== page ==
The re-titling says it all: Shakespeare's Henry VI Parts 1, 2 and 3. Plays with sober, stately names; difficult plays, corpulent with political manoeuvre and double-dealing, arrive remodelled at the Theatre Royal, Haymarket, London, as the slimmed down, dumbed down, but undeniably sexy Rose Rage. Three three-hour plays have been reduced to two of two. The fall of France has fallen and with it the first of the witch-women, Jean La Pucelle; another, Duke Humphrey of Gloucester's wife, Eleanor, is also missing, and with her, half the excuse for his execution: gone is another nation and the other sex; other points of view and hence some of the universality. All is focussed on the lead up to and the battles of the Wars of The Roses. The new name comes presented on poster and programme scrawled in blood, one sanguine R doubling for the alliteration. As that lone letter suggests, this is as sleek as a production gets. As the ruby-redness of the lettering tells us, the cutting necessary to gain such sleekness has left blood everywhere.
And so, fittingly, all takes place in the "bloody slaughterhouse" spoken of by the King in the middle of the middle play. For a full 10 minutes before action begins, all 12 of the all male Propellor Troupe stare out from stage, backed by metal cages and meat hooks, impassively sharpening the blades of knives and cleavers; all the more menacing for the masks obscuring their faces, white stained black like the muzzles of wolves. As the seconds count down, the whetting becomes louder, more rhythmic. The tattoo will be repeated throughout the piece.
As will much else. Jean La Pucelle is not much missed, because her immediate replacement, Margaret d'Anjou, soon to be Queen, looms so large. Emerging from beneath a sheepskin stole this wolf — a recurrent metaphor — first appears. Robert Hands is Tony Curtis in Some Like It Hot, a woman all man, a Queen Consort more King. Margaret, like the absent Eleanor, will be her husband's downfall.
Men play wives playing their husbands, and men play men betraying their brothers. The 12 actors take on 36 roles. Jonathan McGuinness plays the ineffectual King and the valiant young Talbot; Vincent Leigh plays both the rapacious Suffolk of the House of Lancaster and the affectless George of the House of York; Tony Bell provides an enormously entertaining commoner, the rambunctious rebel Jack Cade, as well as the noble Earl of Warwick.
Each actor does a terrific job as Everyman: England is convincingly portrayed a country of turncoats, of brother killing brother, son killing father, father killing son; all killing everyone.
And if everyone is everyone else, then this is signalled by their all dressing alike, too. Characters wear the white of Lancaster, the red of York, or the non-colour black. All are booted in knee high black Doc Martens except for the King, who walks barefoot He, though a weak leader, is the strongest of men, banishing martial attire to brandish instead a rosary and Bible; the same Good Book that Suffolk uses as a pillow when seducing his wife.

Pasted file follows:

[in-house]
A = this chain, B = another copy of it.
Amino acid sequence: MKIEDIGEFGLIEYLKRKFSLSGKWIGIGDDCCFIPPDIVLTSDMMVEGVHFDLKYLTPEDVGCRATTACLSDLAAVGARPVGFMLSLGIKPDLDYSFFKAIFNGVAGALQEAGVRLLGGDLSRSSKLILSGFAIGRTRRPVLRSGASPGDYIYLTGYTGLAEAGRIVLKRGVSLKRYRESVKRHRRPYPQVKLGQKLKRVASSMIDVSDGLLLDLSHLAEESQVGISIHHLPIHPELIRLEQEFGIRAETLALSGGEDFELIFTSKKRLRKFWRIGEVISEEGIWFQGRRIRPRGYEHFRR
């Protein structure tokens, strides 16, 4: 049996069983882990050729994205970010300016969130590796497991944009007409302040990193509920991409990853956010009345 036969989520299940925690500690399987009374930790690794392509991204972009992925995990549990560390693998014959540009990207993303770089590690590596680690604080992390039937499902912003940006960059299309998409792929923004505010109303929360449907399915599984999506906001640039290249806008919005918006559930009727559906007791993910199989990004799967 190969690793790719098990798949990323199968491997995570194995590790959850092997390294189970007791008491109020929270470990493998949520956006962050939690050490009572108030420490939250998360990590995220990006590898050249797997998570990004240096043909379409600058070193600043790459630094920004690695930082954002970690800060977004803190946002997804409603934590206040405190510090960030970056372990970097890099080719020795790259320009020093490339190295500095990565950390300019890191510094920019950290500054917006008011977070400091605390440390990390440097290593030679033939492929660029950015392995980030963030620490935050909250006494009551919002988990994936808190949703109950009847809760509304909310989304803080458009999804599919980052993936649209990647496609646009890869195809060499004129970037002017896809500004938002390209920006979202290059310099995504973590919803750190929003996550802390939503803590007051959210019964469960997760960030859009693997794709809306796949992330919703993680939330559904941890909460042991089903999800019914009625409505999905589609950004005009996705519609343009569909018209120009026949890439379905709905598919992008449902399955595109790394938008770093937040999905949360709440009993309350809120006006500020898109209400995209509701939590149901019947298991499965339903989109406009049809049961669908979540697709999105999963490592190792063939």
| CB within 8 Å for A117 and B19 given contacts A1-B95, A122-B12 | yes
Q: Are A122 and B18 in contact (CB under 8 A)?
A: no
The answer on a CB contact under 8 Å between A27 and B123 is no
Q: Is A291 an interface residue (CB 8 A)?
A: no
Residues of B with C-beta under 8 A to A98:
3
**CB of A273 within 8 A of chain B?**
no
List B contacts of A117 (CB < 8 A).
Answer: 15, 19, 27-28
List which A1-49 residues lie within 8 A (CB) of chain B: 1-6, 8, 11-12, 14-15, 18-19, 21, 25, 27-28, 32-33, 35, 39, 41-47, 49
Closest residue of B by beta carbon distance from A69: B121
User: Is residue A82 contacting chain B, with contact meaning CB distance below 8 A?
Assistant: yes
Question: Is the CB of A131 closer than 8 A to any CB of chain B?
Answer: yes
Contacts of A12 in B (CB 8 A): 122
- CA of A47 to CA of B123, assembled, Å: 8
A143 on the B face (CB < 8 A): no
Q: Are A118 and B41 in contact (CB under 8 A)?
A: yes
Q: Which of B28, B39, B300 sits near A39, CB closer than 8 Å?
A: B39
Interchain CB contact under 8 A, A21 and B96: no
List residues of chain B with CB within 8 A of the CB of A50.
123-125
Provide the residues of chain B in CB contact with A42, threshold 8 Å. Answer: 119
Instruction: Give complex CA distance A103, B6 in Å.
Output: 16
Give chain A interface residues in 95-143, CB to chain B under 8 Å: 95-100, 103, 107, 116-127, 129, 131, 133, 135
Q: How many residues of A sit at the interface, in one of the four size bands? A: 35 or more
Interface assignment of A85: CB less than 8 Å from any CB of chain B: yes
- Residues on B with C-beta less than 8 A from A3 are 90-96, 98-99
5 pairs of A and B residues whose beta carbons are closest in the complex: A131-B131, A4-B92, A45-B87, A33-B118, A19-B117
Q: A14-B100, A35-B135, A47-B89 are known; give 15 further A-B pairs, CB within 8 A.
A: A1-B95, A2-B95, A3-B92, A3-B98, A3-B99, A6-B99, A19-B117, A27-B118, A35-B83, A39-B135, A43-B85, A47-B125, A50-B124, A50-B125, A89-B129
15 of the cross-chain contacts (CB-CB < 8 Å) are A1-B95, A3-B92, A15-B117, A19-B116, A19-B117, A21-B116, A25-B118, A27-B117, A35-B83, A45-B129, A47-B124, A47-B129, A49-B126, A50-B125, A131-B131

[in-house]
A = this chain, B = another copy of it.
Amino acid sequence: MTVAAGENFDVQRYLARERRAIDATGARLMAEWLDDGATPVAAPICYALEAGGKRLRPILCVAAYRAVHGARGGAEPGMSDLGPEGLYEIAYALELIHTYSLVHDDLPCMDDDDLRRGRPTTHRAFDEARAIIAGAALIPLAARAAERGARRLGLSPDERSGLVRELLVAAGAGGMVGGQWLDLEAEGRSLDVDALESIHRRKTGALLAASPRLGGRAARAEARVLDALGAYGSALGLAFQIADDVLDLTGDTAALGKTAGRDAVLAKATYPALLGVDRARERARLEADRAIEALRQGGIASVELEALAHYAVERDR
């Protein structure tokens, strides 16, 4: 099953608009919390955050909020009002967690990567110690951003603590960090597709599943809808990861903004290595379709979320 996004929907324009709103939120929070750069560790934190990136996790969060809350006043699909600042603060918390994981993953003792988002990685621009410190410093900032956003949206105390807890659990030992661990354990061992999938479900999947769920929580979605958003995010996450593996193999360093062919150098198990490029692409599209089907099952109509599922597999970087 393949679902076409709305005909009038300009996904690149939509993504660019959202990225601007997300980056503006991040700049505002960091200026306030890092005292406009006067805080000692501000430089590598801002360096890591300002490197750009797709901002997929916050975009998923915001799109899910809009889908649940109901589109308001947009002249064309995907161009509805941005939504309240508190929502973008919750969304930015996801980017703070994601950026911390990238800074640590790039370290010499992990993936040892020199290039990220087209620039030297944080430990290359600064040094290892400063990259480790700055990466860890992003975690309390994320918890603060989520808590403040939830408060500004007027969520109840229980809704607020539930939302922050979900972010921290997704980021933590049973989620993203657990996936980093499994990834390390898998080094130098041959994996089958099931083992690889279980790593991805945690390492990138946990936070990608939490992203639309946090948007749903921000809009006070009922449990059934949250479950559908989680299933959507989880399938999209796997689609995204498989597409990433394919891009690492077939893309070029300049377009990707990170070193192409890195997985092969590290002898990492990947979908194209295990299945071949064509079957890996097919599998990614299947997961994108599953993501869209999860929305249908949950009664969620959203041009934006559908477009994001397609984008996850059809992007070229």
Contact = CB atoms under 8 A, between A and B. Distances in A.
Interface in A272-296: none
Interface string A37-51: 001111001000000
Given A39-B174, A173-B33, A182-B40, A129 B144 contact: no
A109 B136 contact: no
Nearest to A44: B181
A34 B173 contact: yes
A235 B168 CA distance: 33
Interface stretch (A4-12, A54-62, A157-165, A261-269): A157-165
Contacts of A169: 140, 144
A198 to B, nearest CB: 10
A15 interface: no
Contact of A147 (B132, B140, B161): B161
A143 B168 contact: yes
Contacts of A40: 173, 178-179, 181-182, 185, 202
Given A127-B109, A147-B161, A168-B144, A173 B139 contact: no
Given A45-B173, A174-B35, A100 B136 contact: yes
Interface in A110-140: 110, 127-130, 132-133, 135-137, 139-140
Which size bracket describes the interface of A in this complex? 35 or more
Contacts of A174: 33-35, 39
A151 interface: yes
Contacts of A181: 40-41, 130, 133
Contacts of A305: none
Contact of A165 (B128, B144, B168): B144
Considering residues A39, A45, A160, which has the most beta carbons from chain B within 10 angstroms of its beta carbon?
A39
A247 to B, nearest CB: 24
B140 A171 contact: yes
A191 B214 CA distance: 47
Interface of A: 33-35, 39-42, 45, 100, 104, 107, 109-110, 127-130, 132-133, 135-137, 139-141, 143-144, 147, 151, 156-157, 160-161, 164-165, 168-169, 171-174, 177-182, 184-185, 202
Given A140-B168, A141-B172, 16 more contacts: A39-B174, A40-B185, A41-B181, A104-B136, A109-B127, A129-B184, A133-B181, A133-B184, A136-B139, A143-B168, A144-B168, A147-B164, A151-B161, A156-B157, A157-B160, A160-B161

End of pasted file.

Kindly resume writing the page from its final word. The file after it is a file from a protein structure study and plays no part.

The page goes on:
But this holiest of Henrys will nonetheless meet the same fate as the meaner mortals. These ever more frequent violences are conducted on stage on offal and red cabbages, the rotting, riven food providing both nauseating stench and spectacle. Although we see nothing the assailants never touch we imagine all, and all but the strongest stomachs turn.
So, although director Edward Hall and his coadaptor Roger Warren have, in so shortening the three Henry VI plays, inevitably shed much of their political and psychological complexity; and, although as the action progresses and gains pace, the production becomes rather too relentless a bloodbath; despite all this evisceration, despite even its symptomatic, Shakespeare-shy retitling, Rose Rage is a gutsy, gutting, passionate and powerful piece of theatre well worth the ticket and time. It should never have happened. Why did I do it? I have always hated the very idea of television in the morning — it seems blasphemous to flood the room with fluorescence when God's own daylight beckons from without — and had never before got up specifically to watch a programme. Even when I was reviewing TV for the Telegraph, and had to watch the first ever edition of The Big Breakfast, I set the VCR, got my full eight hours, and sat through the frightful bilge over lunch.
Mind you, I've never had much time for football, either, but that doesn't mean that I would wilfully have sabotaged the national team by tuning in. It might be a fundamentally daft game, but worldclass excellence in any endeavour is to be applauded and admired, and a nation that evinces such excellence is the happier for it. Besides, I had no wish to give offence to my footie-feverish (though pacific) associates in the pub by confessing that I couldn't be bothered. So I foolishly dismissed my superstition, reasoning that I couldn't possibly influence the result, and that the company would make the experience fun. Never again. In retrospect I can see that it was a pretty close game, but I can't get excited about anything at that time in the morning, and I am now convinced anew that but for my unwanted attentions England would have cruised into the semis 3-1. No — in the words of that American boxer P G Wodehouse was always quoting: "I shoulda stood in bed."